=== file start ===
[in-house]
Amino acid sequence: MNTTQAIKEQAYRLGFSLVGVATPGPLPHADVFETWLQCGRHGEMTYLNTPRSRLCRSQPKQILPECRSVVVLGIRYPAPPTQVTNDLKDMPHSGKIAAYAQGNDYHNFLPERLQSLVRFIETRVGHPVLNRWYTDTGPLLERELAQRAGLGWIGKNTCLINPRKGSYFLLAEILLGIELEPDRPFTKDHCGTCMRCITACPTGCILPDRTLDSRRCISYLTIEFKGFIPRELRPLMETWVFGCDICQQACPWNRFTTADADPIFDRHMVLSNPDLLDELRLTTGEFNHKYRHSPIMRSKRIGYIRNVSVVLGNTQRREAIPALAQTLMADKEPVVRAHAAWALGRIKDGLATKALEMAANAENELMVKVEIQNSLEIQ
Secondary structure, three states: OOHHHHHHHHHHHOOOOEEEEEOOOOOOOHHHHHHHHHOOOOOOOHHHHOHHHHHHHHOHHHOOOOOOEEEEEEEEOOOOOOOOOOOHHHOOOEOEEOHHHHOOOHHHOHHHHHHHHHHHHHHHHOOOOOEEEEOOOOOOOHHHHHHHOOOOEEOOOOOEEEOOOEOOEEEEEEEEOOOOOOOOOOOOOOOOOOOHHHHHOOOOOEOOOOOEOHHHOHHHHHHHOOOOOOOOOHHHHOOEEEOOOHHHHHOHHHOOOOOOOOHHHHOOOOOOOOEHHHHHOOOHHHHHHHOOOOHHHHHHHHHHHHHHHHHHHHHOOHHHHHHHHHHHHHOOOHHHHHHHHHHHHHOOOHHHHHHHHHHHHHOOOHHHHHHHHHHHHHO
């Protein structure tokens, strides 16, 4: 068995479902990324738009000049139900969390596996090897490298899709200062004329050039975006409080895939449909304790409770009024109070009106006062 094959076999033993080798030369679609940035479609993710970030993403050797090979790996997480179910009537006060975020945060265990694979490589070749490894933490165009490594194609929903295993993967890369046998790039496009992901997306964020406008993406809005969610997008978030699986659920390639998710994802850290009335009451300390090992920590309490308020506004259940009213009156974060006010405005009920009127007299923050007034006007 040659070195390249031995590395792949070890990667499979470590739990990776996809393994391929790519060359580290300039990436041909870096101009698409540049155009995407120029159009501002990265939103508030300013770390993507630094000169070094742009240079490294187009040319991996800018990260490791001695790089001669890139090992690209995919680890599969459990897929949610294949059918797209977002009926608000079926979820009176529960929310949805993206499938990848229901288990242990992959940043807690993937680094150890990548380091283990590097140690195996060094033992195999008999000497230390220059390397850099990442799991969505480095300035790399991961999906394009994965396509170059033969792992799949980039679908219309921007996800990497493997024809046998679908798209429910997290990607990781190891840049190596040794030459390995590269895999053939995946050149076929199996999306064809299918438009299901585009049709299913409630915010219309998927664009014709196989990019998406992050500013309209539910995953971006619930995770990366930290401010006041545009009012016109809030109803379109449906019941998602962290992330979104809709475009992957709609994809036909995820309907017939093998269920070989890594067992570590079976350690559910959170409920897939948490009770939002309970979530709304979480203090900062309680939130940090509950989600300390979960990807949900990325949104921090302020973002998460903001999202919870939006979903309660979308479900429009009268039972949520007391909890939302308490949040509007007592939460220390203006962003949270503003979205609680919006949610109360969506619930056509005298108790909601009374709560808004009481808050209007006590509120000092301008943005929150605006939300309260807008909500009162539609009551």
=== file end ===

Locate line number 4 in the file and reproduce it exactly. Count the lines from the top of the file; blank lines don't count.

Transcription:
């Protein structure tokens, strides 16, 4: 068995479902990324738009000049139900969390596996090897490298899709200062004329050039975006409080895939449909304790409770009024109070009106006062 094959076999033993080798030369679609940035479609993710970030993403050797090979790996997480179910009537006060975020945060265990694979490589070749490894933490165009490594194609929903295993993967890369046998790039496009992901997306964020406008993406809005969610997008978030699986659920390639998710994802850290009335009451300390090992920590309490308020506004259940009213009156974060006010405005009920009127007299923050007034006007 040659070195390249031995590395792949070890990667499979470590739990990776996809393994391929790519060359580290300039990436041909870096101009698409540049155009995407120029159009501002990265939103508030300013770390993507630094000169070094742009240079490294187009040319991996800018990260490791001695790089001669890139090992690209995919680890599969459990897929949610294949059918797209977002009926608000079926979820009176529960929310949805993206499938990848229901288990242990992959940043807690993937680094150890990548380091283990590097140690195996060094033992195999008999000497230390220059390397850099990442799991969505480095300035790399991961999906394009994965396509170059033969792992799949980039679908219309921007996800990497493997024809046998679908798209429910997290990607990781190891840049190596040794030459390995590269895999053939995946050149076929199996999306064809299918438009299901585009049709299913409630915010219309998927664009014709196989990019998406992050500013309209539910995953971006619930995770990366930290401010006041545009009012016109809030109803379109449906019941998602962290992330979104809709475009992957709609994809036909995820309907017939093998269920070989890594067992570590079976350690559910959170409920897939948490009770939002309970979530709304979480203090900062309680939130940090509950989600300390979960990807949900990325949104921090302020973002998460903001999202919870939006979903309660979308479900429009009268039972949520007391909890939302308490949040509007007592939460220390203006962003949270503003979205609680919006949610109360969506619930056509005298108790909601009374709560808004009481808050209007006590509120000092301008943005929150605006939300309260807008909500009162539609009551």